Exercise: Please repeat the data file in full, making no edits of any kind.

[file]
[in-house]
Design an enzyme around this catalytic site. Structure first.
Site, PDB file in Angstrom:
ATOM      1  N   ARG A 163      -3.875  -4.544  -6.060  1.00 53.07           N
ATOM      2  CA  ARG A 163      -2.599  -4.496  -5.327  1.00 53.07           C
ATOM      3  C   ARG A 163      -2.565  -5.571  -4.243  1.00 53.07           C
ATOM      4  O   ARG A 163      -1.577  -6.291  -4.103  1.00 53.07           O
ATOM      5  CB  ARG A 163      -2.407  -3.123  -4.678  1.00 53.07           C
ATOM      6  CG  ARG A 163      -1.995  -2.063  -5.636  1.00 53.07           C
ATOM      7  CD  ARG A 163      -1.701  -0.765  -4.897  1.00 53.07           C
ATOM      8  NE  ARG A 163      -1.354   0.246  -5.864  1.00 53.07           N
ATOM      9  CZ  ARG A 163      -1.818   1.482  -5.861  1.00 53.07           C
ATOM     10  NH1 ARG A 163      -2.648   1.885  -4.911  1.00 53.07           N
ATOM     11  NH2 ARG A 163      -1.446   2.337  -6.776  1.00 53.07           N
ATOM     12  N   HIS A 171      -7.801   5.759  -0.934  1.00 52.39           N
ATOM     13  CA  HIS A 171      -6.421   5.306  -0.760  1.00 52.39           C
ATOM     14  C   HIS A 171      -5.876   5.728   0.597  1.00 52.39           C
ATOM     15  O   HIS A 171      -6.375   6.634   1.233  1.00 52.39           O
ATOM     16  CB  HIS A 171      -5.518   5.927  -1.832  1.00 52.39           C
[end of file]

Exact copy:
[in-house]
Design an enzyme around this catalytic site. Structure first.
Site, PDB file in Angstrom:
ATOM      1  N   ARG A 163      -3.875  -4.544  -6.060  1.00 53.07           N
ATOM      2  CA  ARG A 163      -2.599  -4.496  -5.327  1.00 53.07           C
ATOM      3  C   ARG A 163      -2.565  -5.571  -4.243  1.00 53.07           C
ATOM      4  O   ARG A 163      -1.577  -6.291  -4.103  1.00 53.07           O
ATOM      5  CB  ARG A 163      -2.407  -3.123  -4.678  1.00 53.07           C
ATOM      6  CG  ARG A 163      -1.995  -2.063  -5.636  1.00 53.07           C
ATOM      7  CD  ARG A 163      -1.701  -0.765  -4.897  1.00 53.07           C
ATOM      8  NE  ARG A 163      -1.354   0.246  -5.864  1.00 53.07           N
ATOM      9  CZ  ARG A 163      -1.818   1.482  -5.861  1.00 53.07           C
ATOM     10  NH1 ARG A 163      -2.648   1.885  -4.911  1.00 53.07           N
ATOM     11  NH2 ARG A 163      -1.446   2.337  -6.776  1.00 53.07           N
ATOM     12  N   HIS A 171      -7.801   5.759  -0.934  1.00 52.39           N
ATOM     13  CA  HIS A 171      -6.421   5.306  -0.760  1.00 52.39           C
ATOM     14  C   HIS A 171      -5.876   5.728   0.597  1.00 52.39           C
ATOM     15  O   HIS A 171      -6.375   6.634   1.233  1.00 52.39           O
ATOM     16  CB  HIS A 171      -5.518   5.927  -1.832  1.00 52.39           C